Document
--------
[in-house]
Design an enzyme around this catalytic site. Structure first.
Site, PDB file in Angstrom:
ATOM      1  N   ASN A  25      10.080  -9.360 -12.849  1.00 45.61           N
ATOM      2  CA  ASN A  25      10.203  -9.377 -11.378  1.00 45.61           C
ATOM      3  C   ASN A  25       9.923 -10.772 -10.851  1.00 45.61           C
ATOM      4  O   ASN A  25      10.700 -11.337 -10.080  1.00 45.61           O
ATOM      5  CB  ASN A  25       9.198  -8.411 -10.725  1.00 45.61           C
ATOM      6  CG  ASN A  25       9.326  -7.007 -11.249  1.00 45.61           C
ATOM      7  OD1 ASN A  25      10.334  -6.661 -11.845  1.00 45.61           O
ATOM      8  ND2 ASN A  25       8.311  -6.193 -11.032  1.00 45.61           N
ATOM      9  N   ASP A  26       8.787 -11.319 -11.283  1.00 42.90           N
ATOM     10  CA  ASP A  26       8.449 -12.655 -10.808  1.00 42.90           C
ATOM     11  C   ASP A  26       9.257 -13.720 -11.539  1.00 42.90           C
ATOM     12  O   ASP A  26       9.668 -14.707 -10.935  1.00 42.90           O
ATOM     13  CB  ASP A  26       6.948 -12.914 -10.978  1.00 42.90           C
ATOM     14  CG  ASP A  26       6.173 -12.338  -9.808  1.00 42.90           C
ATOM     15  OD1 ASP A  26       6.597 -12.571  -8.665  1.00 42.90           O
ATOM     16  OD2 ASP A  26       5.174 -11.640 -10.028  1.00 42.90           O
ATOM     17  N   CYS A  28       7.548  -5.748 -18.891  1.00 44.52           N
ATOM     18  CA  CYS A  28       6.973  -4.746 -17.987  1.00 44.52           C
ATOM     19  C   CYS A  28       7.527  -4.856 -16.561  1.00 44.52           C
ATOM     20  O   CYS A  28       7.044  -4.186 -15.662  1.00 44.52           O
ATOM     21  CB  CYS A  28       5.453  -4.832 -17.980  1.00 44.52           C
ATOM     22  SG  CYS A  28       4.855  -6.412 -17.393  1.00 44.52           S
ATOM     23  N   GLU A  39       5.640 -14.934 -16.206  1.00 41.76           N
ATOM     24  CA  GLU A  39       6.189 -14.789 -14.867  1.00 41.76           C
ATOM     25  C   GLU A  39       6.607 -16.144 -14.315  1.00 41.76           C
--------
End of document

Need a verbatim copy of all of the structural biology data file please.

[in-house]
Design an enzyme around this catalytic site. Structure first.
Site, PDB file in Angstrom:
ATOM      1  N   ASN A  25      10.080  -9.360 -12.849  1.00 45.61           N
ATOM      2  CA  ASN A  25      10.203  -9.377 -11.378  1.00 45.61           C
ATOM      3  C   ASN A  25       9.923 -10.772 -10.851  1.00 45.61           C
ATOM      4  O   ASN A  25      10.700 -11.337 -10.080  1.00 45.61           O
ATOM      5  CB  ASN A  25       9.198  -8.411 -10.725  1.00 45.61           C
ATOM      6  CG  ASN A  25       9.326  -7.007 -11.249  1.00 45.61           C
ATOM      7  OD1 ASN A  25      10.334  -6.661 -11.845  1.00 45.61           O
ATOM      8  ND2 ASN A  25       8.311  -6.193 -11.032  1.00 45.61           N
ATOM      9  N   ASP A  26       8.787 -11.319 -11.283  1.00 42.90           N
ATOM     10  CA  ASP A  26       8.449 -12.655 -10.808  1.00 42.90           C
ATOM     11  C   ASP A  26       9.257 -13.720 -11.539  1.00 42.90           C
ATOM     12  O   ASP A  26       9.668 -14.707 -10.935  1.00 42.90           O
ATOM     13  CB  ASP A  26       6.948 -12.914 -10.978  1.00 42.90           C
ATOM     14  CG  ASP A  26       6.173 -12.338  -9.808  1.00 42.90           C
ATOM     15  OD1 ASP A  26       6.597 -12.571  -8.665  1.00 42.90           O
ATOM     16  OD2 ASP A  26       5.174 -11.640 -10.028  1.00 42.90           O
ATOM     17  N   CYS A  28       7.548  -5.748 -18.891  1.00 44.52           N
ATOM     18  CA  CYS A  28       6.973  -4.746 -17.987  1.00 44.52           C
ATOM     19  C   CYS A  28       7.527  -4.856 -16.561  1.00 44.52           C
ATOM     20  O   CYS A  28       7.044  -4.186 -15.662  1.00 44.52           O
ATOM     21  CB  CYS A  28       5.453  -4.832 -17.980  1.00 44.52           C
ATOM     22  SG  CYS A  28       4.855  -6.412 -17.393  1.00 44.52           S
ATOM     23  N   GLU A  39       5.640 -14.934 -16.206  1.00 41.76           N
ATOM     24  CA  GLU A  39       6.189 -14.789 -14.867  1.00 41.76           C
ATOM     25  C   GLU A  39       6.607 -16.144 -14.315  1.00 41.76           C